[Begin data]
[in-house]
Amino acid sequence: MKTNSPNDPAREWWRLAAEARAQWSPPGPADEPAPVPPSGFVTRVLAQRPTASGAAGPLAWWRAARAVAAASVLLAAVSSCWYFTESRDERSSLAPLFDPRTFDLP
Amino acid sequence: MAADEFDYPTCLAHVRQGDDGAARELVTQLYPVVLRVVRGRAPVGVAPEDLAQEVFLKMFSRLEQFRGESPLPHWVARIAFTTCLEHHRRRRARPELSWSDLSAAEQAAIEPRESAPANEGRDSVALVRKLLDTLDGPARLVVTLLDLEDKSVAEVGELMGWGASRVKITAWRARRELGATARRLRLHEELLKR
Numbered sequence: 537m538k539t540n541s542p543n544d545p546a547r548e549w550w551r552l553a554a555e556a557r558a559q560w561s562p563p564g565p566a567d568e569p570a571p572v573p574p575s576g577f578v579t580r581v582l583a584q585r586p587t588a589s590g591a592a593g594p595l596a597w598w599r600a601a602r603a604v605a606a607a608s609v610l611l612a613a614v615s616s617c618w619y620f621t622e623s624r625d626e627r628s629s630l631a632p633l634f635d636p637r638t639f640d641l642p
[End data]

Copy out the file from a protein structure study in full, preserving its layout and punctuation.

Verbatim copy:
[in-house]
Amino acid sequence: MKTNSPNDPAREWWRLAAEARAQWSPPGPADEPAPVPPSGFVTRVLAQRPTASGAAGPLAWWRAARAVAAASVLLAAVSSCWYFTESRDERSSLAPLFDPRTFDLP
Amino acid sequence: MAADEFDYPTCLAHVRQGDDGAARELVTQLYPVVLRVVRGRAPVGVAPEDLAQEVFLKMFSRLEQFRGESPLPHWVARIAFTTCLEHHRRRRARPELSWSDLSAAEQAAIEPRESAPANEGRDSVALVRKLLDTLDGPARLVVTLLDLEDKSVAEVGELMGWGASRVKITAWRARRELGATARRLRLHEELLKR
Numbered sequence: 537m538k539t540n541s542p543n544d545p546a547r548e549w550w551r552l553a554a555e556a557r558a559q560w561s562p563p564g565p566a567d568e569p570a571p572v573p574p575s576g577f578v579t580r581v582l583a584q585r586p587t588a589s590g591a592a593g594p595l596a597w598w599r600a601a602r603a604v605a606a607a608s609v610l611l612a613a614v615s616s617c618w619y620f621t622e623s624r625d626e627r628s629s630l631a632p633l634f635d636p637r638t639f640d641l642p